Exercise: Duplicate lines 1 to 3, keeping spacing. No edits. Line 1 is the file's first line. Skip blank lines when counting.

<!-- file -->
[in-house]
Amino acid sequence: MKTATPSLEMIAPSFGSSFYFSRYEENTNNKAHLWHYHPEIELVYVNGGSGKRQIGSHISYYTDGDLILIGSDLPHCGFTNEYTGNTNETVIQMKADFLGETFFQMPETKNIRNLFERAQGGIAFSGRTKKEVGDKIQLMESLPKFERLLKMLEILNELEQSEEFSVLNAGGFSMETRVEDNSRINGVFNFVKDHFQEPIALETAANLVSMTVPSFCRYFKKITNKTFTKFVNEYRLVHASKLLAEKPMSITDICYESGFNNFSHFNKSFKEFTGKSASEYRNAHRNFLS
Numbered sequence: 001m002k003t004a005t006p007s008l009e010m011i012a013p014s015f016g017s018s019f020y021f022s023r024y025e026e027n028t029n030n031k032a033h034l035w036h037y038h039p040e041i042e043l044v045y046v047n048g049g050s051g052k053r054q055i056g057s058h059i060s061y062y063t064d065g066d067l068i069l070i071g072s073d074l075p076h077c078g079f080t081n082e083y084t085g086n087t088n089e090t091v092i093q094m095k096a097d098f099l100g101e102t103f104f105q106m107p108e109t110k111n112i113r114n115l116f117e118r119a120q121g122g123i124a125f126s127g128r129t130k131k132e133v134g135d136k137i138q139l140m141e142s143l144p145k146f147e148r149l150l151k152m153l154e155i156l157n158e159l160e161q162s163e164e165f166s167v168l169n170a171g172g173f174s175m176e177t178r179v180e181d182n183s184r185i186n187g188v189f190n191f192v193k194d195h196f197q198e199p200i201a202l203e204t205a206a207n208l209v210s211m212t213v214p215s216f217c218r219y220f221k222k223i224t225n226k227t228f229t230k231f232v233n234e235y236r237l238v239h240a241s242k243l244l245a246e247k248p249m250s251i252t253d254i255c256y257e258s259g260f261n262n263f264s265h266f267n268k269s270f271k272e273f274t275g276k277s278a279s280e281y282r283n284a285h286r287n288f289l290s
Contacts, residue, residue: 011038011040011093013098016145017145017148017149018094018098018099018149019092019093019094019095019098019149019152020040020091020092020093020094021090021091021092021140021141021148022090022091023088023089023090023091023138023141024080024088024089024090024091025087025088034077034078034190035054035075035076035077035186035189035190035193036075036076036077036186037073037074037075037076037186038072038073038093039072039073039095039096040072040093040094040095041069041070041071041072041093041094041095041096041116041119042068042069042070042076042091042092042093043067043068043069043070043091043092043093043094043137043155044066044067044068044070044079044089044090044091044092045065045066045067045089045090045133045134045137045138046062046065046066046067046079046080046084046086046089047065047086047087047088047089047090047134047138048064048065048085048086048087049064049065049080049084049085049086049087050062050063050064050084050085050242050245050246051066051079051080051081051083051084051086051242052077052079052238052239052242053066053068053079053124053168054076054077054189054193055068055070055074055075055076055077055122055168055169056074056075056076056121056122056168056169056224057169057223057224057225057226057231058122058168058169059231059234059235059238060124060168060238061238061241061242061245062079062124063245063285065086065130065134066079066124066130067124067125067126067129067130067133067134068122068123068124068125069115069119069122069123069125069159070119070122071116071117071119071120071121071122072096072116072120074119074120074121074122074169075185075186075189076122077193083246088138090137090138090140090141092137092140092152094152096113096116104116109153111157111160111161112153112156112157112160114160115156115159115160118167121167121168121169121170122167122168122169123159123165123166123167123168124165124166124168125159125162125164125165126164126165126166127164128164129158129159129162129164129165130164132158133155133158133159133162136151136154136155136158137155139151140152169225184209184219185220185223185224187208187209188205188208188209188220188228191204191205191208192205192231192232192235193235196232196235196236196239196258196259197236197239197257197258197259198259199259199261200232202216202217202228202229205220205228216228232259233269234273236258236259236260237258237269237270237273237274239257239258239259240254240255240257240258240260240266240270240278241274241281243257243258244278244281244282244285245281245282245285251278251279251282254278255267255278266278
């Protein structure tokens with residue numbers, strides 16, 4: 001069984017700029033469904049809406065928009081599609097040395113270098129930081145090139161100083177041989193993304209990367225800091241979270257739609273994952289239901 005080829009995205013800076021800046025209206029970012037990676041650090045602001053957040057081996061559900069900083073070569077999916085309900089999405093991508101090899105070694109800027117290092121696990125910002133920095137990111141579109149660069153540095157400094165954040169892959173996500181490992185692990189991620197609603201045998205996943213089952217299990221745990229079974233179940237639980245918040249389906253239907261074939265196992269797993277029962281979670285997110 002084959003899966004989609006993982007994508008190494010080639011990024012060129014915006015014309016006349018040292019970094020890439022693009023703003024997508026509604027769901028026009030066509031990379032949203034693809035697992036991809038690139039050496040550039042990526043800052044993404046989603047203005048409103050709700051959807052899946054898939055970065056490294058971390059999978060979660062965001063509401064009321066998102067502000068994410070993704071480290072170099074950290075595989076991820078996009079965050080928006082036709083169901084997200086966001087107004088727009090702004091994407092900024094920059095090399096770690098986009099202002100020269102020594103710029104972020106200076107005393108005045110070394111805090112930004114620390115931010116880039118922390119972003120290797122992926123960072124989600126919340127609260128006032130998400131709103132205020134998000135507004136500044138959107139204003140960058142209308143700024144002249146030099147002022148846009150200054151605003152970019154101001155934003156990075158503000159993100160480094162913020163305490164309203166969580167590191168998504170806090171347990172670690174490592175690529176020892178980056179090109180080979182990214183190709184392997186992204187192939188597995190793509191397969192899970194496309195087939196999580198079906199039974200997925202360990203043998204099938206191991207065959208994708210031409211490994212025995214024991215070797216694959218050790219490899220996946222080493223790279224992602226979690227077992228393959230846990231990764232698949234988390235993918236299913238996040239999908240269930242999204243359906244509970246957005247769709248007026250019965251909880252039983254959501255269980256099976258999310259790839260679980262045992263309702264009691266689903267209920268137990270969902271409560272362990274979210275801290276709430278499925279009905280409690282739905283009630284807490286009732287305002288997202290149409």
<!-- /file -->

[in-house]
Amino acid sequence: MKTATPSLEMIAPSFGSSFYFSRYEENTNNKAHLWHYHPEIELVYVNGGSGKRQIGSHISYYTDGDLILIGSDLPHCGFTNEYTGNTNETVIQMKADFLGETFFQMPETKNIRNLFERAQGGIAFSGRTKKEVGDKIQLMESLPKFERLLKMLEILNELEQSEEFSVLNAGGFSMETRVEDNSRINGVFNFVKDHFQEPIALETAANLVSMTVPSFCRYFKKITNKTFTKFVNEYRLVHASKLLAEKPMSITDICYESGFNNFSHFNKSFKEFTGKSASEYRNAHRNFLS
Numbered sequence: 001m002k003t004a005t006p007s008l009e010m011i012a013p014s015f016g017s018s019f020y021f022s023r024y025e026e027n028t029n030n031k032a033h034l035w036h037y038h039p040e041i042e043l044v045y046v047n048g049g050s051g052k053r054q055i056g057s058h059i060s061y062y063t064d065g066d067l068i069l070i071g072s073d074l075p076h077c078g079f080t081n082e083y084t085g086n087t088n089e090t091v092i093q094m095k096a097d098f099l100g101e102t103f104f105q106m107p108e109t110k111n112i113r114n115l116f117e118r119a120q121g122g123i124a125f126s127g128r129t130k131k132e133v134g135d136k137i138q139l140m141e142s143l144p145k146f147e148r149l150l151k152m153l154e155i156l157n158e159l160e161q162s163e164e165f166s167v168l169n170a171g172g173f174s175m176e177t178r179v180e181d182n183s184r185i186n187g188v189f190n191f192v193k194d195h196f197q198e199p200i201a202l203e204t205a206a207n208l209v210s211m212t213v214p215s216f217c218r219y220f221k222k223i224t225n226k227t228f229t230k231f232v233n234e235y236r237l238v239h240a241s242k243l244l245a246e247k248p249m250s251i252t253d254i255c256y257e258s259g260f261n262n263f264s265h266f267n268k269s270f271k272e273f274t275g276k277s278a279s280e281y282r283n284a285h286r287n288f289l290s